Gransnet forums

News & politics

Who agrees with this idea?

(11 Posts)
thatbags Thu 21-Apr-16 07:20:44

"[We] ought to abhor the ‘feed-and-forget compassion’ [approach], and judge welfare by the extent to which it saves lives, not just money. [We] should build ‘a welfare system that encourages rather than replaces work and the family’."

Grannyknot Thu 21-Apr-16 07:26:17


NfkDumpling Thu 21-Apr-16 07:32:36

I completely agree with the idea. But, how to change to it after so many years of the 'feed and forget' system, when the recipients have got used to it? As far as they're concerned it'll seem a bit like docking someone's pay just for hell of it or to give the shareholders more. Those on welfare have got used to certain standards of 'pay' and learned to live on it. They know the system. For many it'll be a very difficult adjustment in thinking and attitude to life.

daphnedill Thu 21-Apr-16 07:41:55

I believe that's a quote from Iain Duncan Smith. Unfortunately, after six years at the helm with that kind of approach, he has to be judged a failure by his own criteria.

Gracesgran Thu 21-Apr-16 08:08:38

An interesting quote thatbags. Unfortunately we now seem to have system that starves people supposedly into work and continues to do so whether work is available or possible or not.

As a concept one of my strong beliefs - that the adult in single adult and child/ren households should be in full-time work as early as possible - would fit but this is only possible if comprehensive free child care is available. As this means investing now for the future - and for future savings - governments, with their five-year plans are unlikely to do this and will carry on shaming and starving in an. attempt to make it work ... and of course it will fail.

Grannyknot Thu 21-Apr-16 08:13:27

As a "standalone" idea(l), it makes perfect sense...

How to implement it, a massive challenge.

Anya Thu 21-Apr-16 08:16:04

That's fair comment Nfk and you've touched on the point of 'readjustment' which perhaps needs to be addressed.....but how?

That's quite a negative thought Daphedill even if it is true. Most people would agree that a 'feed-and-forget' approach does nothing for the people being 'forgotten' and there must be a better way.

daphnedill Thu 21-Apr-16 08:25:06

I agree, Gracesgran. In principle, it sounds great, but in practice it hasn't worked and it won't work without 100% commitment and investment in such things as childcare and upskilling.

I guess we might one day find out what's been going on between IDS and Osborne over the last six years. What has happened in reality is that the 'encouraging people into work' mantra has been used as an excuse to stigmatise people. We now have a situation where more people in work are claiming tax credits than the unemployed. It can only work if there are enough reasonably paid jobs. There have been too many sticks and not enough carrots.

Anya Thu 21-Apr-16 08:38:10

I don't think we are able to grow enough carrots.

whitewave Thu 21-Apr-16 08:46:24

We are anya they are all off shore

daphnedill Thu 21-Apr-16 08:46:26

Anya, I don't agree at all with a 'feed and forget' approach, but that's what we've got. Unfortunately, I have had first hand experience of unemployment - once before 2010 and once after the current regime kicked in.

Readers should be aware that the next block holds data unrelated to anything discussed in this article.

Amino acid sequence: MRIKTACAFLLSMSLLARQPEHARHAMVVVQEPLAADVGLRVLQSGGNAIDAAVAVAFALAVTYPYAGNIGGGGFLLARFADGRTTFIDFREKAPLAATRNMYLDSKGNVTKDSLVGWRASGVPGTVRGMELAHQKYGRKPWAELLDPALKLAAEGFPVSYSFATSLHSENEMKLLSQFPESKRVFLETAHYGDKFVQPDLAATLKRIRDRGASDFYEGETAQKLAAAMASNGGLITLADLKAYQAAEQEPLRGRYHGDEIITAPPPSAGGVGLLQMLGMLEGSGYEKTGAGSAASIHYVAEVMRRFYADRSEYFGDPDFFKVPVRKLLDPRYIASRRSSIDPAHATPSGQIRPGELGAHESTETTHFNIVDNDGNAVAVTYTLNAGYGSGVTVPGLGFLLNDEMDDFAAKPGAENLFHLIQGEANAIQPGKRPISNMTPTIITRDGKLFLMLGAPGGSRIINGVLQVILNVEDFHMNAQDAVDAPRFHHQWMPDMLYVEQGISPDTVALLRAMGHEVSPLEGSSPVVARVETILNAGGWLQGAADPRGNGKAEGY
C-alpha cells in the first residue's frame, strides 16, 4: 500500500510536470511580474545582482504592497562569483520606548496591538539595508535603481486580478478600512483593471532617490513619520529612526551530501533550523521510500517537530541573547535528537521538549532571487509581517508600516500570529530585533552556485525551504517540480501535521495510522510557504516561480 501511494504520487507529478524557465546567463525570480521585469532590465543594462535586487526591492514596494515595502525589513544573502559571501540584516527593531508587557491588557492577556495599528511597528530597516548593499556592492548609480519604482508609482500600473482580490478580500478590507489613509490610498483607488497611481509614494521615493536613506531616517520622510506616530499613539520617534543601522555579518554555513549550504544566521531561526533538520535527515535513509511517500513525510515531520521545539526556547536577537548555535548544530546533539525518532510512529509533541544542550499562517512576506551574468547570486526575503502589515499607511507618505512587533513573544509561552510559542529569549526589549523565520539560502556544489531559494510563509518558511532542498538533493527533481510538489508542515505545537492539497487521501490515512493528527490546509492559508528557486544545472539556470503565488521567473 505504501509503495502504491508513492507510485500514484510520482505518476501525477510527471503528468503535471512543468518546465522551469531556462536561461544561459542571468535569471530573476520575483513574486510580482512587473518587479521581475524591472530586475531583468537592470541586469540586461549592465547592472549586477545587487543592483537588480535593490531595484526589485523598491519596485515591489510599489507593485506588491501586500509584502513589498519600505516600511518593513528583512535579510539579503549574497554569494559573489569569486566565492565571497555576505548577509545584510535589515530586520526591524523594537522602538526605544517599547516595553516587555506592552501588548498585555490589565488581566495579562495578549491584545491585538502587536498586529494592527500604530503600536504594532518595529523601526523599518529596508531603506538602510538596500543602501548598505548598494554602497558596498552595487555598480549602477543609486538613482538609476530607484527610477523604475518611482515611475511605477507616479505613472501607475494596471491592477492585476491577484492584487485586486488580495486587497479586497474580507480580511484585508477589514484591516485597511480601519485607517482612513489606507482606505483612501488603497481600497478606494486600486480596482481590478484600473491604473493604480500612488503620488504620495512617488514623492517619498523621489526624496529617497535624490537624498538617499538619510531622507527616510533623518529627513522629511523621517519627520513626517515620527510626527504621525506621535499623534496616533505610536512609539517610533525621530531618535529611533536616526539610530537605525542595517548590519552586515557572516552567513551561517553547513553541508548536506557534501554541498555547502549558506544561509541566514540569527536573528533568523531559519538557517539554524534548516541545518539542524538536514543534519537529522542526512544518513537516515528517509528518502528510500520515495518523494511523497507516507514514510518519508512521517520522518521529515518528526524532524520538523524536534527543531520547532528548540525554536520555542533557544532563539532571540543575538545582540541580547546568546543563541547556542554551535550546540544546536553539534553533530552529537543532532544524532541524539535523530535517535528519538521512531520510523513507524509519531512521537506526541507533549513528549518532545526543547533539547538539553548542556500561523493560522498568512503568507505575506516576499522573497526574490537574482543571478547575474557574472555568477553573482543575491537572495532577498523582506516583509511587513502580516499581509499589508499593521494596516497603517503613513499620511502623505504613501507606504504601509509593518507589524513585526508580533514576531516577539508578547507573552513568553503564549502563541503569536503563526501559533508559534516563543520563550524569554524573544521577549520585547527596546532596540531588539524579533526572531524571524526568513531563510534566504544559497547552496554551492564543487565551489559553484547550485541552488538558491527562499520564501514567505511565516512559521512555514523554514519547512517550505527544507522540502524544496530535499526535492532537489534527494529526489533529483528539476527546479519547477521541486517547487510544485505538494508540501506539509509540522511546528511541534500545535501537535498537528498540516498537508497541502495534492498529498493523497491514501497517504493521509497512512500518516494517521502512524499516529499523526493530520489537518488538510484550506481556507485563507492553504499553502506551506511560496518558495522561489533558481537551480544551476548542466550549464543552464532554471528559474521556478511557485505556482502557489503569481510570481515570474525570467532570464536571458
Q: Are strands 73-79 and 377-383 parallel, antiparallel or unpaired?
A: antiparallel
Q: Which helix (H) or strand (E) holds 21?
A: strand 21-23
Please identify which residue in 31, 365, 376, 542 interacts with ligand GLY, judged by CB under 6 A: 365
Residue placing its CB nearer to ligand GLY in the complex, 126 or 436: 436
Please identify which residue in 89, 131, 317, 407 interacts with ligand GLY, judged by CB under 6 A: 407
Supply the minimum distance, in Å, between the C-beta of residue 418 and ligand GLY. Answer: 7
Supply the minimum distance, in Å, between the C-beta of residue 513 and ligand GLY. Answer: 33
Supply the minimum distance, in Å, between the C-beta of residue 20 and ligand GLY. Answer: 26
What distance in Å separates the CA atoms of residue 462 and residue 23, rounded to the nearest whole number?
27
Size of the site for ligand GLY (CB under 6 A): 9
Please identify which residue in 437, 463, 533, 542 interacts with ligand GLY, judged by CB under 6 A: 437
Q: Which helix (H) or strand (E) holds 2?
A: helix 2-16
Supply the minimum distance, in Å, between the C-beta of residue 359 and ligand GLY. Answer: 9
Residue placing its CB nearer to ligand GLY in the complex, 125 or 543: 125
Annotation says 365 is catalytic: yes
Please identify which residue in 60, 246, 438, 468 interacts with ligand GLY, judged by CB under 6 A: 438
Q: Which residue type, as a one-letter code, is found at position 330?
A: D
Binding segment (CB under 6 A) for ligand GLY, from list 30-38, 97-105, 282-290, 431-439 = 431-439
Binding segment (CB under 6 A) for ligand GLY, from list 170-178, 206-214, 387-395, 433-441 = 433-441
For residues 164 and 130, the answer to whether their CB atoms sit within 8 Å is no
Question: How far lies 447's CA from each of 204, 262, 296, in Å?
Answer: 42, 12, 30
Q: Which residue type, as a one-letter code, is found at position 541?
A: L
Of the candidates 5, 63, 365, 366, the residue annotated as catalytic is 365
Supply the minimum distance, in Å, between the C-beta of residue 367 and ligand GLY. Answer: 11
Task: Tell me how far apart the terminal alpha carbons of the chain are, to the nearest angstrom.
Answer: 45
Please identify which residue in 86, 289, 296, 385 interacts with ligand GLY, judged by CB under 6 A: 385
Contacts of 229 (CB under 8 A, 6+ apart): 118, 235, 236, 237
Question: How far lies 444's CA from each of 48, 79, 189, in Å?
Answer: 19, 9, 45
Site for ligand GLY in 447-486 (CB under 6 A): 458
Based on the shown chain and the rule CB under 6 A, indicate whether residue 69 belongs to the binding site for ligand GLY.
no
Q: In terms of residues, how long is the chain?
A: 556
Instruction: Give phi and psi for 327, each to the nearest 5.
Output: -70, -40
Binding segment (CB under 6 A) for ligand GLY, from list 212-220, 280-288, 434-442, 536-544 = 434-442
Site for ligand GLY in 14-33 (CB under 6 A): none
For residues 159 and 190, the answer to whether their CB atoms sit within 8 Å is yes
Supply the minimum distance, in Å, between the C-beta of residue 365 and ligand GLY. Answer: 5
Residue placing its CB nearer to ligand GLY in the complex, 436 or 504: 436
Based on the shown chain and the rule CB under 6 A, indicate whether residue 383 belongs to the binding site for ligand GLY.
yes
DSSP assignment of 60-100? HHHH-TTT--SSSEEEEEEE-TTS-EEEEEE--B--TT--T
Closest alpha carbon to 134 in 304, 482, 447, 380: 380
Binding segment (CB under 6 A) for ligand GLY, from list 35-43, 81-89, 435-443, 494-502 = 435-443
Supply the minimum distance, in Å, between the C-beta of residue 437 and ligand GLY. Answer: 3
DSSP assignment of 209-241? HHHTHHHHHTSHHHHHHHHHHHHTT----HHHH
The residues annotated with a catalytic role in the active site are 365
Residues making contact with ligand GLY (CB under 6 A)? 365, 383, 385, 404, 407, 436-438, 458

Before 2010, there were real incentives to take up low paid work. There were grants to set up small businesses and help with childcare. There were also grants for courses to change career. There was even money to pay for travel costs to work for the first month and a small amount available for work clothes.

After 2010 the above were all scrapped. Despite the government's claims, it became more difficult to make the transition from unemployment to work. Meanwhile, the unemployed were subject to an increasingly ridiculous regime. People had to travel miles to more frequent meetings with so-called job advisors (costs couldn't be reclaimed) and had to make a totally unrealistic number of job applications. It didn't matter that the jobs were unsuitable. I actually feel sorry for employers who have to sift through hundreds of unsuitable applicants. To make up my minimum number of applications I once applied for a job as a temporary Christmas elf - I'm not joking!

The only people who have benefited from the Work Programme are the private WP providers themselves, who have been paid billions. Their courses aren't individualised, so I was once stuck in a room for six hours learning how to do an internet search and had to sit through another session on writing a CV. Doh! This wasn't support - it was punishment!

I met many other people looking for work and the vast majority were trying very hard. Many of them were single parents with young children. Just about the only work they could find was for zero hours contracts with variable hours doing care work or other very low paid work. Care work often required having a car, which most people didn't have. They also needed to have somebody to look after their children at a moment's notice. There were some free courses available for them to do functional English and Maths, but even they were scrapped. I wanted to do a conversion course, which would have cost just over £1,000. At the time I would have been eligible for a student loan, but I couldn't afford to do the course, because my Jobseekers' Allowance and tax credits would have been stopped.

Sorry to have gone on, but people who haven't been through this regime often don't understand what it's like. I'm afraid I take what IDS says with a large pinch of salt.